Schultz—Adele Schultz Schutz, 98, on June 8, 2010, in Hunt Valley, Md. Adele was born on December 9, 1911, in Vienna, Austria, to Antonia and Josef Schultz. After she lost three family members when she was very young, further suffering after World War I led her to Vienna Quakers, whose practical and spiritual nurture began a connection that sustained her for the rest of her life. As a young woman, she apprenticed as an office worker and served as secretary to the president of an engineering firm in Vienna, where she met the man she would marry, Harald Schutz. In 1938, she fled to England because of the coming war, and she and Harald emigrated to Cambridge, Mass., where Cambridge Meeting helped them in their settlement. A second move in the United States brought them and their children to Baltimore, Md., in 1948. There they joined Stony Run Meeting. Adele’s proficiency in French, German, and English allowed her to help other central European immigrants in the years after World War II. She was an active volunteer at Baltimore’s McKim Settlement House during the 1950s and 60s and took part in a sewing group that sorted and repaired garments for American Friends Service Committee. Adele remained an ardent worker for peace throughout her life. She and Harald moved to the Quaker retirement community Broadmead in 1987, and she began attending Gunpowder Meeting in Sparks, Md., transferring her membership in 1998, saying in a letter to the meeting in 2007 that she had found warmth and peace there and closeness “to what we all seek.” Adele was sustained through a long life by her love of walking, the joys of music, and a spirit of service to others summed up in her watchwords, “Be good to yourself and be good to others.” She remained cheerful and welcoming through her last years, and when Friends visited her for singing, reading, and spiritual nurture, they left with a sense of the fullness of her spirit. On the day of her death, Friends at Broadmead greeted her as she collected her mail; she enjoyed a telephone conversation with her daughter shortly before she drew her last breath in the comfort of her home. Adele’s husband, Harald Schutz, preceded her in death. She is survived by her son, Hank Schutz; her daughter, Trudi Schutz; and her grandchildren, Allen David Schutz (Alexandra) and Kathryn Elizabeth Schutz. Her ashes were interred beside those of her beloved husband Harald in Gunpowder Meeting burial ground in Tenth Month 2011.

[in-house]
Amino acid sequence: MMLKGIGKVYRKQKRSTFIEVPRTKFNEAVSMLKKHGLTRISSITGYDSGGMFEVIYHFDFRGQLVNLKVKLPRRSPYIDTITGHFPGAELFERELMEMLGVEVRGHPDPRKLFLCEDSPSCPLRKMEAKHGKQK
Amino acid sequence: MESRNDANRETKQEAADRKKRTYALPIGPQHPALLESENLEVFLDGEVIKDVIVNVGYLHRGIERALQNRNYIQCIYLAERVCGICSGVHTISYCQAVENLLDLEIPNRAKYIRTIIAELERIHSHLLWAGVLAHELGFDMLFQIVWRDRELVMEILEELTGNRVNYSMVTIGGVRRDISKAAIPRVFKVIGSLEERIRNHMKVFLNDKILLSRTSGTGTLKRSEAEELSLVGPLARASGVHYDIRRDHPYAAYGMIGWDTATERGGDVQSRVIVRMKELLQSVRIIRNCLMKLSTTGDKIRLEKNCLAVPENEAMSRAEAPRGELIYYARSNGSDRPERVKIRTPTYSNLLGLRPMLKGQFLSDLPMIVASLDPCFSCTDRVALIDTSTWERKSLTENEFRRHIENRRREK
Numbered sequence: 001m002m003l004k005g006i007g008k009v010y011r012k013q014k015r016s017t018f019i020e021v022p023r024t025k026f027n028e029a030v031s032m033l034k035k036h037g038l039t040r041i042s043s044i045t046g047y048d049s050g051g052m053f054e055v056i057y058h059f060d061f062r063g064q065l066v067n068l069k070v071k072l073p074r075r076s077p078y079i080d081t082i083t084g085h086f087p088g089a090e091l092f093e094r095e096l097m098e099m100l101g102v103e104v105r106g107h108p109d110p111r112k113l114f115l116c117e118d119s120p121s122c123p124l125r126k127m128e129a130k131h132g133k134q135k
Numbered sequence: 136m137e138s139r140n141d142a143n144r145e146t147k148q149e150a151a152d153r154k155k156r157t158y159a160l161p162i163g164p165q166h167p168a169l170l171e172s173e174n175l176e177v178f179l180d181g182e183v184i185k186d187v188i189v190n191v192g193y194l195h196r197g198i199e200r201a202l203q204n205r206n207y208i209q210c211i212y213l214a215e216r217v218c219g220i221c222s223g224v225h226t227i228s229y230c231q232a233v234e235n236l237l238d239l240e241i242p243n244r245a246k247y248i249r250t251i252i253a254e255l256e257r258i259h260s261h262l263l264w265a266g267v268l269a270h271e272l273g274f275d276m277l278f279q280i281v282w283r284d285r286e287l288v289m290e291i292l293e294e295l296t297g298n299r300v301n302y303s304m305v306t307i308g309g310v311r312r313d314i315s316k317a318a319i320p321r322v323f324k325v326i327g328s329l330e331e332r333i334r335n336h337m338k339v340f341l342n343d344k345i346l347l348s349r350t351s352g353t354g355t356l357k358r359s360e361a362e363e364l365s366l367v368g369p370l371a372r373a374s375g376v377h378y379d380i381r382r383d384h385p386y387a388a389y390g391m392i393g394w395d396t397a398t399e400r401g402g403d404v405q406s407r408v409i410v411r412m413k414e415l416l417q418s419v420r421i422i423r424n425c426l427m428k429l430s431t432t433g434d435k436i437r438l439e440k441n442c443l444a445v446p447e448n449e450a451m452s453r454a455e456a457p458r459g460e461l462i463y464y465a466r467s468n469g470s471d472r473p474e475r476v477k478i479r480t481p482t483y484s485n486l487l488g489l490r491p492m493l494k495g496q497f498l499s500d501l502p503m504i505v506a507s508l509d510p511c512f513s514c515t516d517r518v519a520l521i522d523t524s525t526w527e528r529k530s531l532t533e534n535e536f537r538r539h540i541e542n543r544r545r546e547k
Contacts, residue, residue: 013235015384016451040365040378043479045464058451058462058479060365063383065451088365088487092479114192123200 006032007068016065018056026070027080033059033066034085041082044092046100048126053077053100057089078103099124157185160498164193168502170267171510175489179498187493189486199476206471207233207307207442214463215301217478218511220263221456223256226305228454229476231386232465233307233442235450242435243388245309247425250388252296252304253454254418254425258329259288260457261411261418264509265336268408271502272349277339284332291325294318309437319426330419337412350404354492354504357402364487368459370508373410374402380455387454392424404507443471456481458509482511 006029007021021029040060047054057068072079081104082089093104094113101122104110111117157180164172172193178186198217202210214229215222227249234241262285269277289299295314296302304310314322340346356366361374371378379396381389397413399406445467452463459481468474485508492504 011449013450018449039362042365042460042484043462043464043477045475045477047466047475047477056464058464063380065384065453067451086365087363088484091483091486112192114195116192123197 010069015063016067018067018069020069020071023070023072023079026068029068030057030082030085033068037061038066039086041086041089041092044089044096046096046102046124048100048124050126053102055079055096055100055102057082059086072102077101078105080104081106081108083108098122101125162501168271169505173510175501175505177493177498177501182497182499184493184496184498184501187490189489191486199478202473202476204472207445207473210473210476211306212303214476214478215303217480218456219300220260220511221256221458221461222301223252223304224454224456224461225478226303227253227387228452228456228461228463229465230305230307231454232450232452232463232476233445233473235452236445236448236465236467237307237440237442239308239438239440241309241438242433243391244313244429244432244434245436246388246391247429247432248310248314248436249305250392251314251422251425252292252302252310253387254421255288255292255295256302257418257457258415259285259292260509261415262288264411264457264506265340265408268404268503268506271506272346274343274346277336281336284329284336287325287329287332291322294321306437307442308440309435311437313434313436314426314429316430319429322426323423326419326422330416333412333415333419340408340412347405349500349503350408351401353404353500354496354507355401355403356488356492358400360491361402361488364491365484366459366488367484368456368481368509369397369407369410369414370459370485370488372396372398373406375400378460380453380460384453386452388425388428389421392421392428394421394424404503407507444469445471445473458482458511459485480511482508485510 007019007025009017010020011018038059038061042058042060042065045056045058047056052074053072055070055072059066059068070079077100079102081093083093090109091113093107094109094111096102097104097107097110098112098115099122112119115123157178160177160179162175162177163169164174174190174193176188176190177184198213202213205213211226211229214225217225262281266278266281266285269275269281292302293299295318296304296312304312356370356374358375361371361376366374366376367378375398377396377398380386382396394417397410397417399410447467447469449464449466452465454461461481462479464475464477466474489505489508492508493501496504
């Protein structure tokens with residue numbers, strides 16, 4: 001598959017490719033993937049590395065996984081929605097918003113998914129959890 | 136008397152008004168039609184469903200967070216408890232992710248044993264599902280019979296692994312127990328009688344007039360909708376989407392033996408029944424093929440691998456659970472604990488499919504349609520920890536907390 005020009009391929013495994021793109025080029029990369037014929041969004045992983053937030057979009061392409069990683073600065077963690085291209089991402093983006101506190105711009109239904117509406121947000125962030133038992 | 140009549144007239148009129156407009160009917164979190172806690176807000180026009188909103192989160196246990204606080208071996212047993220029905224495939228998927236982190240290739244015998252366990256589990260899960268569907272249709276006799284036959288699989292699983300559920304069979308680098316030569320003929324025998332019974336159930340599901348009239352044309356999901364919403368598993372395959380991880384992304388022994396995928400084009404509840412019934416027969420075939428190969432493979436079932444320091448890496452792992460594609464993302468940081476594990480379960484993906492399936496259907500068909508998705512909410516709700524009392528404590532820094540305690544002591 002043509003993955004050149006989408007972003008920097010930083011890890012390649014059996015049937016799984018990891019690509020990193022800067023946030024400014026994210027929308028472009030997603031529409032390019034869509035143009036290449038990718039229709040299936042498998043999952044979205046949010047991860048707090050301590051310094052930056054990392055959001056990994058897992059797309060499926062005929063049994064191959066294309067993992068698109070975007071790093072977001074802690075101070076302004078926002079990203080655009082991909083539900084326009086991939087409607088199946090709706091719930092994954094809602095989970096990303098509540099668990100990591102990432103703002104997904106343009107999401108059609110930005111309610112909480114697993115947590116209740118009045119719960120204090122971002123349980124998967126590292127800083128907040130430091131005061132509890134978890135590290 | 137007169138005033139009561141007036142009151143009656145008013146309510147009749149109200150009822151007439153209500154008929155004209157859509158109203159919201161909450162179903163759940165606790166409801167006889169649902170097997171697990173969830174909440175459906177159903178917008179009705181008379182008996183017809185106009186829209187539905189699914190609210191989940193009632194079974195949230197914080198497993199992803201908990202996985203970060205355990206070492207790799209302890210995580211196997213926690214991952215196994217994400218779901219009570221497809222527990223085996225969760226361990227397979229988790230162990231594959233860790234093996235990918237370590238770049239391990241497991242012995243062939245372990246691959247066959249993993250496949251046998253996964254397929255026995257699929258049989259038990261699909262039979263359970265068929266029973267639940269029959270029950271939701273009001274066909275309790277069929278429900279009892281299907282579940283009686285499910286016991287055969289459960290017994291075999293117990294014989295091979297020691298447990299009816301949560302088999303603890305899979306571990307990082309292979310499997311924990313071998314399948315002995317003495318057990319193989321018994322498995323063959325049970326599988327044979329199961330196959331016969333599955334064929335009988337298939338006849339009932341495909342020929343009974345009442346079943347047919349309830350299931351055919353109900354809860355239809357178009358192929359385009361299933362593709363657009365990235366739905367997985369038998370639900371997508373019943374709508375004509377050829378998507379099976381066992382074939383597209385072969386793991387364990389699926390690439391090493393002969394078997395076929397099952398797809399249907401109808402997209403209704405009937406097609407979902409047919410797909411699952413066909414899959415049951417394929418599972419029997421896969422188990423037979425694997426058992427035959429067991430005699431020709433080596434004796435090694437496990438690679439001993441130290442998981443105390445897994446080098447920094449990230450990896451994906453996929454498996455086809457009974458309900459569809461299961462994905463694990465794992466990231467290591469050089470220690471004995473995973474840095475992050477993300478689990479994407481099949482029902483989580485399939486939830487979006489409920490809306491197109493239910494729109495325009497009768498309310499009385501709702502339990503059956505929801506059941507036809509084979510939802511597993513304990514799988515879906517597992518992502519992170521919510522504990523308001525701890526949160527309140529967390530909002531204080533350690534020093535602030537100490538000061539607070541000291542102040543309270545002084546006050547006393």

Watson—George Henry Watson, on December 21, 2011, at home in Minneapolis, Minn., surrounded by family and friends. George was born on September 29, 1915, in Chrisman, Ill., to Margaret and P.M. Watson. He graduated from Miami University of Ohio in 1936. Receiving his MA from University of Illinois in 1937, he married his cherished companion and partner, Elizabeth Grill, whom he had met again on a blind date in college after having known her growing up in Lakewood, Ohio. They began attending 57th Street Meeting in Chicago in 1937, becoming members in 1938. Starting in 1939 he taught political science at Southern Illinois University, and he received his Doctorate in Political Science from University of Chicago in 1942. From 1942 to 1945, he worked as research director of the Federation of Tax Administrators, becoming executive director. After serving in Civilian Public Service from 1945 to 1946, he joined the faculty of Roosevelt University. This racially- and religiously-integrated experiment in higher education offered evening and weekend classes so that working men and women could pursue college and graduate degrees, and some of his students went on to become leaders in Chicago’s African American community. Over the next 26 years, George served as professor and chair of the Political Science Department, created and directed a new multidisciplinary graduate program in Public Administration, and served as both Dean of Students and Dean of Arts and Sciences. He was a member of the Independent Voters of Illinois (part of Americans for Democratic Action) and served as president of the neighborhood Hyde Park Co-op in Chicago and as board member of Central States Cooperatives. In addition to their three biological children, he and Elizabeth raised a foster daughter and in 1964 adopted three daughters from Germany. They worked to improve race relations, establishing with other Chicago Quakers the Hyde Park Kenwood Community Conference, one of the first inner-city community organizations in the United States formed to develop interracial harmony. In 1972, the family moved to Long Island, N.Y., where he and Elizabeth helped to found Lloyd Harbor Meeting. From 1972 to 1980, he was president of Friends World College, and he finished his academic career as a Fellow at Woodbrooke College in Birmingham, England, in 1983-84. George was often clerk of his monthly, quarterly, and yearly meetings and served on the boards of American Friends Service Committee and Friends Committee on National Legislation, as a representative to seven Friends World Committee triennial meetings, and on the executive committee of the FWCC Section of the Americas from 1976 to 1982. In addition to Quaker commitments, he held local and regional positions in the American Society for Public Administration; served on commissions for tax fairness, higher education, and other issues; and published extensively in professional journals. He also consulted with local governments and state and federal agencies and in addition to public speaking, taught several educational TV courses. After retiring, George focused on peace education and training. Both in the United States and in England, he led workshops on Imaging a World Without Weapons, a program initiated by Elise Boulding. In 1980, he and Elizabeth moved to North Easton, Mass., making Friends Community their home base during travels sponsored by Quaker organizations. They also served as Friends in Residence at Pendle Hill during this time. In 1991, they moved to Minneapolis, Minn. When macular degeneration caused him to become legally blind in 1995, George adapted to his greatly changed abilities with grace and patience. Cherishing his family, classical music, and political discussions, he continued to be active in Minneapolis Meeting, in Blind Incorporated, and in Missing Children Minnesota, and his graciousness, good humor, and appetite for learning continued until his death. He was committed to building a better world through peace witness, civil rights work, and organizational reform, both in his beloved Religious Society of Friends and in the community, state, and nation. George’s wife, Elizabeth, died in 2006. He left behind six children, Jean McCandless, John Watson, Carol Watson, Elke Diener, Heidi Whelan, and Silke Peterson; a foster daughter, Jamie Paradise; 17 grandchildren, 22 great-grandchildren; and countless friends and colleagues.